In Europe, healthcare has always been a national responsibility, but with the arrival of gene therapies and other advanced therapy medicinal products (ATMPs), the boundaries of our systems are tested. Or they will be crossed. Literally.
Due to the small patient numbers and the complicated delivery of ATMPs, treatment centers may only be available in some countries. This implies that patients will have to cross borders to get treatment in a treatment center abroad. In Belgium, a change in law was recently adopted, making it possible for ATMPs to be reimbursed and unavailable on the Belgian market. This opens the road for planned cross-border delivery of ATMPs. Are we ready to get our Belgian patients abroad and provide them fair access to ATMP treatment?
“We should start by making a detailed overview of the existing legislative routes arranging planned cross-border healthcare that could be relevant for ATMPs.” I looked behind me, as I was pretty sure my colleague was not talking to me. No one else was in the room then, so okay, no sooner said than done, I started reading legislation and tried to make sense of never-ending sentences in which parenthetical phrases seemed to be the greater good. With the support of legal experts within and outside of Hict, we slowly but surely started finding ends of sentences.
We made an overview of all existing authorization and reimbursement routes and needed to recognize that the maze of the current legislation creates a complex reality. Not only for payers, healthcare providers, and industry but, most disturbingly, also for patients. None of the routes can provide access to ATMP treatment abroad without introducing issues and barriers along the way. If you realize that it often takes years to correctly diagnose patients with a rare disease, the last thing these patients need is to turn around the corner to find another waiting line — this time, the one to get access to treatment. Long story short, we leveraged our overview of existing legislation to reach out to all relevant stakeholders involved: government, patients, sickness funds, pharmaceutical companies, hospitals, and legal representatives.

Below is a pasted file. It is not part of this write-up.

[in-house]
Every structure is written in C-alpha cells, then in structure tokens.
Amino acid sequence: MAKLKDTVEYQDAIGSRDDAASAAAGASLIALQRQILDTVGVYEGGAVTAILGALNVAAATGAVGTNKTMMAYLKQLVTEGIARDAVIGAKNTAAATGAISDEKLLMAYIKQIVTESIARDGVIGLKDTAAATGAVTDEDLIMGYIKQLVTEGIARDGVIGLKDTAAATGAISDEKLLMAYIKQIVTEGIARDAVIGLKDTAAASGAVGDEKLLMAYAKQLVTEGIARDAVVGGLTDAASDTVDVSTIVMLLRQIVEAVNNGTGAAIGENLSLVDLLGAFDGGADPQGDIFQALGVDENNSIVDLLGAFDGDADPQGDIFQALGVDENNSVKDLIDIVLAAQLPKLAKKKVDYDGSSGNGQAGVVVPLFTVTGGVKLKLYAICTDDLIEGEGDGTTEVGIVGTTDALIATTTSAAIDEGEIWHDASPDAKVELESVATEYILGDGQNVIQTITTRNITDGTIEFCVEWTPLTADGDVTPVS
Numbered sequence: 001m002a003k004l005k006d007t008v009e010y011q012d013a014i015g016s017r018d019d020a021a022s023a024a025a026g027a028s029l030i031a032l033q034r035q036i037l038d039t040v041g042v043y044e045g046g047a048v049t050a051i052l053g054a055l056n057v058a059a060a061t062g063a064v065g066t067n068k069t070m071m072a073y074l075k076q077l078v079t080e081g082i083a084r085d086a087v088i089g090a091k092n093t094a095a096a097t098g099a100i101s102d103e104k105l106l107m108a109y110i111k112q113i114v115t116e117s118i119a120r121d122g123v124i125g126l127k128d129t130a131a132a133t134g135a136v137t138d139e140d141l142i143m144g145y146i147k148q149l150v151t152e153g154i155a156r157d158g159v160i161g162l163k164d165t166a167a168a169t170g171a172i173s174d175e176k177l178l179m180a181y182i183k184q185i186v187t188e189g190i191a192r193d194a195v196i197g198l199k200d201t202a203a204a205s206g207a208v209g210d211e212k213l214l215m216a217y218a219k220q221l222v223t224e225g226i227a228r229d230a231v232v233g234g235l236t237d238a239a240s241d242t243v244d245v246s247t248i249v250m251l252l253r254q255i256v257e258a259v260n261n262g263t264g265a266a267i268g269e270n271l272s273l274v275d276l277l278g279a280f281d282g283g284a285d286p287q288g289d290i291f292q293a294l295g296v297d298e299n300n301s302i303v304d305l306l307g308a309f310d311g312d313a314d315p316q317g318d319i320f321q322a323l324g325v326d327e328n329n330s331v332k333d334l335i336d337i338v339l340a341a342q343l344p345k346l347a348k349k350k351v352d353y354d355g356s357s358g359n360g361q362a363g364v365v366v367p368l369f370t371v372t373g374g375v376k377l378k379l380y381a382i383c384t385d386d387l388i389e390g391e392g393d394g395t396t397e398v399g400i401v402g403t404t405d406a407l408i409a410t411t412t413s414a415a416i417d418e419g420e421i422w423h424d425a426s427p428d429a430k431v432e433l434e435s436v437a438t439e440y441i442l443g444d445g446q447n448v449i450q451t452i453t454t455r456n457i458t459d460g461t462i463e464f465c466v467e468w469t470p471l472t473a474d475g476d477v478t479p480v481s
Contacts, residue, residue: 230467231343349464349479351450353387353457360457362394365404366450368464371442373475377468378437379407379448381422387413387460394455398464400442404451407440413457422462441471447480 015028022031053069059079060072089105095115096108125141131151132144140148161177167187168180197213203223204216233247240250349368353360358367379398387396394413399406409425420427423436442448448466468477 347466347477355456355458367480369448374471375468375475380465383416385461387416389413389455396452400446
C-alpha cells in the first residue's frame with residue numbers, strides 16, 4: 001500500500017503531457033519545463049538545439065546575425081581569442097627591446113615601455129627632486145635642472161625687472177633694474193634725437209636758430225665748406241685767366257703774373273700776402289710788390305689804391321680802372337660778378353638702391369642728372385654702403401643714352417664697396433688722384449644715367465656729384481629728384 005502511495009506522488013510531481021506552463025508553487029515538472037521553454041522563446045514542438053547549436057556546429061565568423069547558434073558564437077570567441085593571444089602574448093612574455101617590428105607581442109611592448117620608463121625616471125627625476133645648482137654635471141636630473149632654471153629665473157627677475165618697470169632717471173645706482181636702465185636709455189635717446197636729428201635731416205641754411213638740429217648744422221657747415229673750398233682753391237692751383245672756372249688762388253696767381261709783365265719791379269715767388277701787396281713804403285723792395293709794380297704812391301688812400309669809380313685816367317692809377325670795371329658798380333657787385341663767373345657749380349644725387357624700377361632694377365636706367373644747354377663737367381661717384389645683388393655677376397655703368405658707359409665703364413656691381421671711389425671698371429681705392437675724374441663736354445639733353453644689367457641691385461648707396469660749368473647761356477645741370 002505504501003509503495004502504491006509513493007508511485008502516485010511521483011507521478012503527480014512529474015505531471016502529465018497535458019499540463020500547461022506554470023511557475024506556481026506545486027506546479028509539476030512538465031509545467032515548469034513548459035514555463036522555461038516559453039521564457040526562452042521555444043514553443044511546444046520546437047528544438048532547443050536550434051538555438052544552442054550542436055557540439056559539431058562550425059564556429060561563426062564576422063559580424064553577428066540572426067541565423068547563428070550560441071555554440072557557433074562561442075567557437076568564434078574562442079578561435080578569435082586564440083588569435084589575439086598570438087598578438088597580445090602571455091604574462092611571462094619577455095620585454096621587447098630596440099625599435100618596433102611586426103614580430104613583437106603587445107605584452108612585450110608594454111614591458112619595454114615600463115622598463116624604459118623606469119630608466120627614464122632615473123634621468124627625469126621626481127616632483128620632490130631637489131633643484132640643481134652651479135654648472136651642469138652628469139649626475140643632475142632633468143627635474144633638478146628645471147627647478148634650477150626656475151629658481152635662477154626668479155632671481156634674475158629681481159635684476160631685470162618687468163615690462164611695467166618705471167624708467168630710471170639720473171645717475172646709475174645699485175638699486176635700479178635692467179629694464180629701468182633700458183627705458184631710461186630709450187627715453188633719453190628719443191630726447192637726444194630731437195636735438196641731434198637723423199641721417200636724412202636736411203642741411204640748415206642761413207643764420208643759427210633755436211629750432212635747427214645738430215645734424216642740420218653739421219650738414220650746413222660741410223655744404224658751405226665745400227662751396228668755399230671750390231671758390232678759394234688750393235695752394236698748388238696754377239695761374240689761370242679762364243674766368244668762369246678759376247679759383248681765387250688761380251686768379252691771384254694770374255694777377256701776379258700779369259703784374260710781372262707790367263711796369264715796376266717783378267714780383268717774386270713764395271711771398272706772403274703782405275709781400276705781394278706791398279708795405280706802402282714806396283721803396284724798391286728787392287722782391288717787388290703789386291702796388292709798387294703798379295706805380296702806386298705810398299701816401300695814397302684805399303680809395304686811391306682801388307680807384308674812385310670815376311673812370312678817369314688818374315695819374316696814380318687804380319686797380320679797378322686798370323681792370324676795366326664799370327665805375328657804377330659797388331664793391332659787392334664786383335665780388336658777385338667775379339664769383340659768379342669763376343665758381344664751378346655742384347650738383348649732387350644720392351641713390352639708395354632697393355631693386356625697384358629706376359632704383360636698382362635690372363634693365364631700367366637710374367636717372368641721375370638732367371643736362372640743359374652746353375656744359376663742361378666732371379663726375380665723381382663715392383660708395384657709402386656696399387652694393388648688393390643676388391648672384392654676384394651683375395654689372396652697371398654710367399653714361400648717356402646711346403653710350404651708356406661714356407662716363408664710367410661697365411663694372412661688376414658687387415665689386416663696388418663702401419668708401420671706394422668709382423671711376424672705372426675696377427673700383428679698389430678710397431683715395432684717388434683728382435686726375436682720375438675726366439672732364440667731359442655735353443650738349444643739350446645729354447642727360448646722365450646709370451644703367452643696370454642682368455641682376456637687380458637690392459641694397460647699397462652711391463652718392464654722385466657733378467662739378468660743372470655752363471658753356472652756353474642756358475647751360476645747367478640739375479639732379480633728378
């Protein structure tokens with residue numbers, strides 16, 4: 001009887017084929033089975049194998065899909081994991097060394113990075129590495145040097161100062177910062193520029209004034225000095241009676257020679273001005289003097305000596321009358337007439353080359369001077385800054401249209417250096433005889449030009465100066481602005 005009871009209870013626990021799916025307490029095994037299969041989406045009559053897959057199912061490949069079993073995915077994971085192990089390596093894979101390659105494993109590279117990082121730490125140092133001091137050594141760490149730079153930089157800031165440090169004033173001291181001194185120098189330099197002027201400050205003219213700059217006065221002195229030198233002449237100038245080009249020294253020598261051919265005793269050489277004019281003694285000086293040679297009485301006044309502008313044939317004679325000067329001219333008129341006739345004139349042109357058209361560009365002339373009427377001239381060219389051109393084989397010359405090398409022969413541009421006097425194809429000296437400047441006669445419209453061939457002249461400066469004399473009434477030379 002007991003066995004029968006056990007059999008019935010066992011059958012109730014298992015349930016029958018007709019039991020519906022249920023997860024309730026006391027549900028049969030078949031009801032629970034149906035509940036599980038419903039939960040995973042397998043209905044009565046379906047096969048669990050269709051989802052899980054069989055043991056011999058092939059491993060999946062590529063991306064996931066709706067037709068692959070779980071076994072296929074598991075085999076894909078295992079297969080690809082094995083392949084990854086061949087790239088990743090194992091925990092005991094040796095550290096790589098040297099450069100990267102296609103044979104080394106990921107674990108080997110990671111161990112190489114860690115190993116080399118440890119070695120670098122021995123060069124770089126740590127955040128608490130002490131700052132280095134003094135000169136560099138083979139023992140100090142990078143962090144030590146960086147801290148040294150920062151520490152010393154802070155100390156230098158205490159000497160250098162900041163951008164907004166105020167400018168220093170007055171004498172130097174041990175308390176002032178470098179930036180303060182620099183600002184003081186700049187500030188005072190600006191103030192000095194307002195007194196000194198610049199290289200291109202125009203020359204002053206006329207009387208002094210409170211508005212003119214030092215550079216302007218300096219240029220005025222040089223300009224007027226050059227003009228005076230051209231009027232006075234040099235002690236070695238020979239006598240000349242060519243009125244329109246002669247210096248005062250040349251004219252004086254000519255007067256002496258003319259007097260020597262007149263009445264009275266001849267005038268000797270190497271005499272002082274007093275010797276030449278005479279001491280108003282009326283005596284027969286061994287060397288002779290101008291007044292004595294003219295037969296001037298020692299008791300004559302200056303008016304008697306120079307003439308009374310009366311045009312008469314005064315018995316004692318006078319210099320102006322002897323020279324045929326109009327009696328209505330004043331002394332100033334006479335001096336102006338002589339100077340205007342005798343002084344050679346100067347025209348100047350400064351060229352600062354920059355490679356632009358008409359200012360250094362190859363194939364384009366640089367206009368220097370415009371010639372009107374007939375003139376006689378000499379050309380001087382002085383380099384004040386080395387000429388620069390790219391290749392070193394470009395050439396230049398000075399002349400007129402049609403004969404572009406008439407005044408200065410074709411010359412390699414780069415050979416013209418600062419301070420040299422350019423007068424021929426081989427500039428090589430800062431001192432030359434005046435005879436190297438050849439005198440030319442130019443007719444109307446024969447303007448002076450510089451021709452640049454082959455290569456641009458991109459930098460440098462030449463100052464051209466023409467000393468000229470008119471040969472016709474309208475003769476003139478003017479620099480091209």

By bringing all those people together in a room, we wanted to agree at least that there *is* a real problem and that it will occur soon. With the new Belgian law in place, ATMPs for which treatment will not be provided in Belgium will be reimbursed sooner or later. As a society, we should be able to guarantee access to ATMPs that our national government approves for reimbursement, shouldn’t we?
Our real ambition, however, with this roundtable, was to find starting points for practical solutions: Which issues are solvable on a national level? Who is responsible, and who should be involved in tackling the problems?
They say preparation is the key to success. And to that extent, organizing roundtable discussions is like managing a party. When the evening arrives, there’s nothing else you can do other than just let it all happen, hope for the best, and try to enjoy the moment.
The roundtable discussion began, people started talking, and we realized that this discussion went quite well. All participants recognized that real issues were to be solved and thought along within our defined scope. Everyone spoke their mind and did not hold back from challenging each other constructively.
After the agony that followed in writing a report that required us to translate a naturally flowing discussion into a well-designed structure, we managed to take several crucial steps in the right direction. All participants agreed that there are issues to solve and that we need a robust solution tailored to this specific context of ATMPs, where we should focus on uniformity of authorization decisions and affordability for patient and payer. Moreover, our participants saw opportunities to tackle the existing issues, although this might require a new legislative framework.
But we’re not done yet. We cannot wait to continue our efforts and aim to improve access to ATMPs that require Belgian patients to cross borders. Meanwhile, I realize this is one of those projects that make me feel like we’re doing the right thing. That give meaning to the words “optimising healthcare.” That makes me love my job.
In addition, she works at the Vrije Universiteit Brussel (VUB) as a teaching assistant for the Health Economics course in several master programmes.
Amber attained her PhD in health economics and preventive healthcare policy in 2021 at Ghent University and KU Leuven.